If you follow me on Twitter, you know that I spent the week attending the HighEdWeb conference. I’ve been a presenter and a member of the programming committee for the last few years. I adore this conference because the quality of the presentations is outstanding, the attendees are delightful people, and the focus is exclusively on higher ed. Networking with 450 people who share your professional frustrations is amazing.
HighEdWeb has an active backchannel. This year, things got interesting.
We had excellent presenters. Everyone was very positive, using Twitter to share brief insights or links to notes and slides. Our first keynote speaker, Jared Spool, did a great job. Not everyone agreed with him on all points, but his presentation was polished, his delivery was engaging, and he gave us lots to think about.
Tuesday’s keynote was a different story. Our speaker was David Galper, of the defunct Ruckus Network. He was perhaps an odd choice for a keynote speaker. My committee wasn’t part of that decision, so I can’t really speak to it, but I know the general idea was that he would offer some insights from the market research he’d done on tons and tons of college students.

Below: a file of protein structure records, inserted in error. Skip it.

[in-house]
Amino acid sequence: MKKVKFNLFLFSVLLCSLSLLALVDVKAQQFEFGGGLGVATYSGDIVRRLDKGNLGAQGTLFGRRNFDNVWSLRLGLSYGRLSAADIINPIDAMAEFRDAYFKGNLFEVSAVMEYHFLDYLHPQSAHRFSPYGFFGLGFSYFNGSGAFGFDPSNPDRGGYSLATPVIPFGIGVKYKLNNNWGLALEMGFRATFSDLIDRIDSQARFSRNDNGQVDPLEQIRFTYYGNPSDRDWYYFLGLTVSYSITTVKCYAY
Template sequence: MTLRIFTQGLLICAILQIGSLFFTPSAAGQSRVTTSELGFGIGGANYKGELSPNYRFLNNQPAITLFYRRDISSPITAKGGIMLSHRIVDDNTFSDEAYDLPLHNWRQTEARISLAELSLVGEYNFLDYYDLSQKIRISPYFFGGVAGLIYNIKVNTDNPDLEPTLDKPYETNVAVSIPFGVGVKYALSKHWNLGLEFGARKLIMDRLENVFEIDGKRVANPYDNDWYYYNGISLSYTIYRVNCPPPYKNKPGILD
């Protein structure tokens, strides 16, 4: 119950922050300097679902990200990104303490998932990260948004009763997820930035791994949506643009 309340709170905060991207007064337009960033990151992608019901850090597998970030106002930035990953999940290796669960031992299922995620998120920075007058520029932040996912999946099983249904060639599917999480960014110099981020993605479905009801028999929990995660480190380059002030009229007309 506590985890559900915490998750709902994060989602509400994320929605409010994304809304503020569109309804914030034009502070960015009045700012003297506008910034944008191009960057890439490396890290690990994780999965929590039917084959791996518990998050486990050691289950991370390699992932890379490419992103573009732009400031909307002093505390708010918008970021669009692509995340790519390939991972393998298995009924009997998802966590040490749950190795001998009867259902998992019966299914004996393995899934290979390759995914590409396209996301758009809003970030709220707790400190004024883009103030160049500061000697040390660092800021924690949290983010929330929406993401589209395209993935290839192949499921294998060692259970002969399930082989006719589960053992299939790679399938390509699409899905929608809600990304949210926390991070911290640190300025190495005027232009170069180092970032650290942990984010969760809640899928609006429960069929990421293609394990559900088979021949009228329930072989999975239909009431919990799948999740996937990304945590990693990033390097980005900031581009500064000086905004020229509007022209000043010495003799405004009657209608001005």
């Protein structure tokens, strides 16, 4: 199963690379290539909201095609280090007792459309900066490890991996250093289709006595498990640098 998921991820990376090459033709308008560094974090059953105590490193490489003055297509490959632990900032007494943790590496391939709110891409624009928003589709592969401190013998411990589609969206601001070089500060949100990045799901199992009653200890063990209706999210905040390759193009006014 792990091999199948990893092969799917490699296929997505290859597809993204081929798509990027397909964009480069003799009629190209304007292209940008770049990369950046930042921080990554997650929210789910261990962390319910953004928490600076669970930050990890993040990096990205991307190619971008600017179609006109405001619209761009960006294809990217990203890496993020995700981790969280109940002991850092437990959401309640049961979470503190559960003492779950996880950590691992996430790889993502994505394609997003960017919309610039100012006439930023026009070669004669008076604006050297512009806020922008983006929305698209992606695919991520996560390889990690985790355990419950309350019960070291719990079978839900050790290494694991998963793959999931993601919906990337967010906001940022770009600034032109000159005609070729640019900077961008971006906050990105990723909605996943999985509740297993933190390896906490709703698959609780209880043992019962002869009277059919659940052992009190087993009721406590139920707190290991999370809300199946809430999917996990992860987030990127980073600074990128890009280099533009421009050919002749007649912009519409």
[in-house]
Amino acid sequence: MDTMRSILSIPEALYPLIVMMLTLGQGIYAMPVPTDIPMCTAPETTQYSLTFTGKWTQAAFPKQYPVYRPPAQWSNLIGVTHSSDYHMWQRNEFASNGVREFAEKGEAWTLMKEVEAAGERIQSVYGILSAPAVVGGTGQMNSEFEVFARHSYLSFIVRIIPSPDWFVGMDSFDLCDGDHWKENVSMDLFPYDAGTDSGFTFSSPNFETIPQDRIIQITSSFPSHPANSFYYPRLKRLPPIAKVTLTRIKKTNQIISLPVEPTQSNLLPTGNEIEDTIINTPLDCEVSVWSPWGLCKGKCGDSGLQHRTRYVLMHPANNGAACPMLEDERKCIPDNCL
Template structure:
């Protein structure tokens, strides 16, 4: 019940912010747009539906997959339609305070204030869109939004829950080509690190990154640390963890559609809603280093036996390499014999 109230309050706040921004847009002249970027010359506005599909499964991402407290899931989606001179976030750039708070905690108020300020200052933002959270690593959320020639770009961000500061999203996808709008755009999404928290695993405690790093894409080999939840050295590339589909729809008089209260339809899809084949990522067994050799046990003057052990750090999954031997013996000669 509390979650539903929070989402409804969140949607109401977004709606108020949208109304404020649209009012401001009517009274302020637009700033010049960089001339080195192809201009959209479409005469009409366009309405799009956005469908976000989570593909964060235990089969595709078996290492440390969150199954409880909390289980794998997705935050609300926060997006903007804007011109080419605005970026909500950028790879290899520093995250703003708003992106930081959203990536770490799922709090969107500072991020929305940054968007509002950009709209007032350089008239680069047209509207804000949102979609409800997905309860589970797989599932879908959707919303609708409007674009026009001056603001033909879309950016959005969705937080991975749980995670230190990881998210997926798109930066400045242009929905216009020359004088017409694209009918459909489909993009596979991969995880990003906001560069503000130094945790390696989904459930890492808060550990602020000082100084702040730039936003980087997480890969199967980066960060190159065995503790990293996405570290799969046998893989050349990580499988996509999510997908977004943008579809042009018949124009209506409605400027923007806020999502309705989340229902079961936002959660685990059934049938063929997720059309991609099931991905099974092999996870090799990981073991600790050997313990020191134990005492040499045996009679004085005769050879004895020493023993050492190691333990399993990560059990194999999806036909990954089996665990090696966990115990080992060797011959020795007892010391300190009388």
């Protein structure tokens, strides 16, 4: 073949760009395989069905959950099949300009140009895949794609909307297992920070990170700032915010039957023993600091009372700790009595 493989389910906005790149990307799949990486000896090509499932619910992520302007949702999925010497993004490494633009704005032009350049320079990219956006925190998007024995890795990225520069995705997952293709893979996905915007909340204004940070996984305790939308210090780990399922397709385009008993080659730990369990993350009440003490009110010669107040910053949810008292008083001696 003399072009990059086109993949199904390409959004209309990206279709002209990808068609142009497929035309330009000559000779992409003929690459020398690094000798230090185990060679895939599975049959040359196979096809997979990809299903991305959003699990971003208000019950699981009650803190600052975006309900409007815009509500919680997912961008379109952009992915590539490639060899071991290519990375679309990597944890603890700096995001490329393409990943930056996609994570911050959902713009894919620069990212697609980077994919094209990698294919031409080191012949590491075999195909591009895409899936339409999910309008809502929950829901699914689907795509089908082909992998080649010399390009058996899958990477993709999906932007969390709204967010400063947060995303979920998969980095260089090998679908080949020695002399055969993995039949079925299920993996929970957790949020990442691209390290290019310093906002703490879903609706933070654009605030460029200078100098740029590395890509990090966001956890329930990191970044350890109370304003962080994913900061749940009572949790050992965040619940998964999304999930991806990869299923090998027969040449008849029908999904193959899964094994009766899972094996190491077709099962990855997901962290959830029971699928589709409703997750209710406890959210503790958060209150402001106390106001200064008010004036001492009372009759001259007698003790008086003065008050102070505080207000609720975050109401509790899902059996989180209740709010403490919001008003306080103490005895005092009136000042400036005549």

The problem is, he did that research about five years ago and hasn’t updated anything since. His video interviews with students included discussions of “new” technologies like MySpace and Kazaa. (Last year, one of our presentations included data on MySpace’s declining number of users under the age of 25.) His insights included the earth-shattering revelation that students connect with one another online. You can listen to part of his presentation on Ustream, although you can’t make out the slides. They were a mess, very difficult to read from the back of the room.